“South Park” is probably my favorite show on television. And it’s been way too long since I’ve reviewed it.
I say that for two reasons. One, because when someone is starting a new review series on a new site, I think it’s important to set up a bit of context. (You can find my past South Park reviews here). Two, because I think it is important to stress the pedestal that I place SP on. It can be the best show on television…and then it can fall flat and not land as well as it could have.
But, enough house cleaning and dust settling. Let’s get cracking.
I knew this was going to be, at the very least, an interesting episode. Transgender equality is a very hot button topic, but it’s also something SP has tackled over the years albeit if not head on: Mr. Garrison has gone from being a man to being a gay man, then a woman trapped inside a man’s body, then a physically reconfigured woman interested in men, then a lesbian, and then back to a man again over the years. So in some ways, it’s an issue the show has had in its mind for years.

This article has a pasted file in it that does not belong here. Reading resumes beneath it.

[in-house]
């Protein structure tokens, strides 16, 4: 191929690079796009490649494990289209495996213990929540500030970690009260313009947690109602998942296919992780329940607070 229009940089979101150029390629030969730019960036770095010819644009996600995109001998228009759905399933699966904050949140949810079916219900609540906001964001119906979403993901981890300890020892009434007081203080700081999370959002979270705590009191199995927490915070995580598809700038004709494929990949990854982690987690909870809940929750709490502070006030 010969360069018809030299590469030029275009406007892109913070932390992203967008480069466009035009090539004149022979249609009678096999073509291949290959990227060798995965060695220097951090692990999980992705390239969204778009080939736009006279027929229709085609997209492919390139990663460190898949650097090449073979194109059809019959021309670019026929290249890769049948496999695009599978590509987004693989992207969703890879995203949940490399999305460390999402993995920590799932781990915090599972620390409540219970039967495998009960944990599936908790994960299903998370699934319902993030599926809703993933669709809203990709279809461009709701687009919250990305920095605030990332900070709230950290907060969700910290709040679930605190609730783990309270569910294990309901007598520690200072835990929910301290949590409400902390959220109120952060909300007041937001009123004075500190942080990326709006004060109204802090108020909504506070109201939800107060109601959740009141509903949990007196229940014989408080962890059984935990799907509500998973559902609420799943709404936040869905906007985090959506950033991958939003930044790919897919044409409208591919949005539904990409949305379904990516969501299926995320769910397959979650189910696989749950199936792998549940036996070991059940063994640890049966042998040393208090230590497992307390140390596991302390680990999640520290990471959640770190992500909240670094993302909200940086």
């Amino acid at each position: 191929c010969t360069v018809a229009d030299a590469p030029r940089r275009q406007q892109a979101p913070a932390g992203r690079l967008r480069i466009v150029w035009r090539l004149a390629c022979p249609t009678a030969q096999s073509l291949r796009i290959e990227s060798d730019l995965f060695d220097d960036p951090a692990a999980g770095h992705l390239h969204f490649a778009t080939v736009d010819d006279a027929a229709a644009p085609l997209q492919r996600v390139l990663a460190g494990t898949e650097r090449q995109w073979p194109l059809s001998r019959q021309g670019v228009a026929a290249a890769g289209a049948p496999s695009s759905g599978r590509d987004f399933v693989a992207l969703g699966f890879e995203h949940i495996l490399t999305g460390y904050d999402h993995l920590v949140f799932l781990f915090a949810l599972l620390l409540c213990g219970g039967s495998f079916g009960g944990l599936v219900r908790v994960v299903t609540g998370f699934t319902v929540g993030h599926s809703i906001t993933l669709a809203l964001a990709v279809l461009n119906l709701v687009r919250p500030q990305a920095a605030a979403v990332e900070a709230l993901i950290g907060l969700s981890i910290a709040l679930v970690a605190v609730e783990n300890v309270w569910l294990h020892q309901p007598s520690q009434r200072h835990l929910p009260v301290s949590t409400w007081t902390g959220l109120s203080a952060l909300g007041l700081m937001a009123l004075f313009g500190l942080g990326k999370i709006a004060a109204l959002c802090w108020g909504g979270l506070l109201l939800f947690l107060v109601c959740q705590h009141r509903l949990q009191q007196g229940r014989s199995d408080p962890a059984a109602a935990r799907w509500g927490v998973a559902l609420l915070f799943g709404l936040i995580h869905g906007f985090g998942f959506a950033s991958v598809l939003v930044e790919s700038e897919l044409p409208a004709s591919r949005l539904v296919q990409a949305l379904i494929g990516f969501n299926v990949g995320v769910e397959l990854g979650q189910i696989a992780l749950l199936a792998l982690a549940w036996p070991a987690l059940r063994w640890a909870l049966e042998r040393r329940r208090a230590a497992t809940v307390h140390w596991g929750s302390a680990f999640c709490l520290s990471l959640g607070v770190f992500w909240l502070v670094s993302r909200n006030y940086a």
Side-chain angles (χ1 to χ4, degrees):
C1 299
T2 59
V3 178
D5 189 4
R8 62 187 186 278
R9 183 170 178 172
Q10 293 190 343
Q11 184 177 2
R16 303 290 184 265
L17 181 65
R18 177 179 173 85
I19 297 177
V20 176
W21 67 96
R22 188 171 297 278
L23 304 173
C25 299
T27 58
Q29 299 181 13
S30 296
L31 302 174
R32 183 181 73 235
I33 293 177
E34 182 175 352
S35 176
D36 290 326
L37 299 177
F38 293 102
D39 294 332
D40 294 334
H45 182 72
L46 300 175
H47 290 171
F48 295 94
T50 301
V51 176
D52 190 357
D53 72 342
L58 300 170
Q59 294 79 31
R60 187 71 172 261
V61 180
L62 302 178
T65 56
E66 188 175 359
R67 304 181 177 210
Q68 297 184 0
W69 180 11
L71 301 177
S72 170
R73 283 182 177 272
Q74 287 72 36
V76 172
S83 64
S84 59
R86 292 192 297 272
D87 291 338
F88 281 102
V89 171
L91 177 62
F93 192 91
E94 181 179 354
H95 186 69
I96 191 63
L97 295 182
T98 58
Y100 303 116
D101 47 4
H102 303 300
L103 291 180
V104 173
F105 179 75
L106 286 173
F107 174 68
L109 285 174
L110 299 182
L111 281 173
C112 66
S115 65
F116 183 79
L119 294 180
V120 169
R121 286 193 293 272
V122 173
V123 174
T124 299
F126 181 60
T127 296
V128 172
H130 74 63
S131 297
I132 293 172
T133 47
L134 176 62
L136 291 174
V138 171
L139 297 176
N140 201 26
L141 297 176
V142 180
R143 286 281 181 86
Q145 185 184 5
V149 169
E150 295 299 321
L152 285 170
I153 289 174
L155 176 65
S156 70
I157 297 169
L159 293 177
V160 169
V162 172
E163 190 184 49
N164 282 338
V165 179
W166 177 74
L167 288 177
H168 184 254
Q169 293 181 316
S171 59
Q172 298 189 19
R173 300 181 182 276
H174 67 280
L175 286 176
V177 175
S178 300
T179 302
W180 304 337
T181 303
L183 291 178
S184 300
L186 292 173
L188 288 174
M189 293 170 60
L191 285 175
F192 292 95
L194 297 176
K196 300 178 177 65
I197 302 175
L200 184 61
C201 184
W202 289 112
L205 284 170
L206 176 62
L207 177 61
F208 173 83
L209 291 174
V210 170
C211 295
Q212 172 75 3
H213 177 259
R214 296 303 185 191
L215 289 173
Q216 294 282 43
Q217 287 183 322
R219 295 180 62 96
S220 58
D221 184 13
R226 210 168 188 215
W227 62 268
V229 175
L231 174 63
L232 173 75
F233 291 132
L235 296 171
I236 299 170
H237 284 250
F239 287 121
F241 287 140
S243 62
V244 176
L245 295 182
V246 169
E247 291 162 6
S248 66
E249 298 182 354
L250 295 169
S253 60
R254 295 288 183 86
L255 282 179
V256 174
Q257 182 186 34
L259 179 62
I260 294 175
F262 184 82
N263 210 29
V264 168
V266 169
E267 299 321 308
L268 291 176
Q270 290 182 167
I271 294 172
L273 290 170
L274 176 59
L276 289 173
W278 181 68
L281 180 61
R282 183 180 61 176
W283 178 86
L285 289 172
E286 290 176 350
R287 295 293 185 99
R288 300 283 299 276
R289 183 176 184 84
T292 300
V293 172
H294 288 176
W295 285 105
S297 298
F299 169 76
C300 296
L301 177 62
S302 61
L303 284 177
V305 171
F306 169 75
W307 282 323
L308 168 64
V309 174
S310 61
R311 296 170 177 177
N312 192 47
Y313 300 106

The more interesting thing this season is not as much what the show says, but how it is saying it. Ever since “You’re Getting Old,” where Matt and Trey actually flirted with mixing things up, there’s been a certain air of disappointment that the show hasn’t decided to break from tradition a bit and mix things up. It appears that SP is trying to stick to some level of continuity and actually (Gasp, dare I say it?) turn into a serial this season. Butters returns from his suspension from last week in the opening bathroom scene, where Cartman places a bow on his head and identifies as “transginger” in order to use the girls bathroom, setting the larger scene up for the week.
The A plot here focused – again, with continuity – on Randy’s dressing up as Lorde. The gag got some fire from Spin, which I found mostly unwarranted – I didn’t think the show was actually trying to say Randy was Lorde, and I can’t help but wonder if that was the plan last week before the article ran.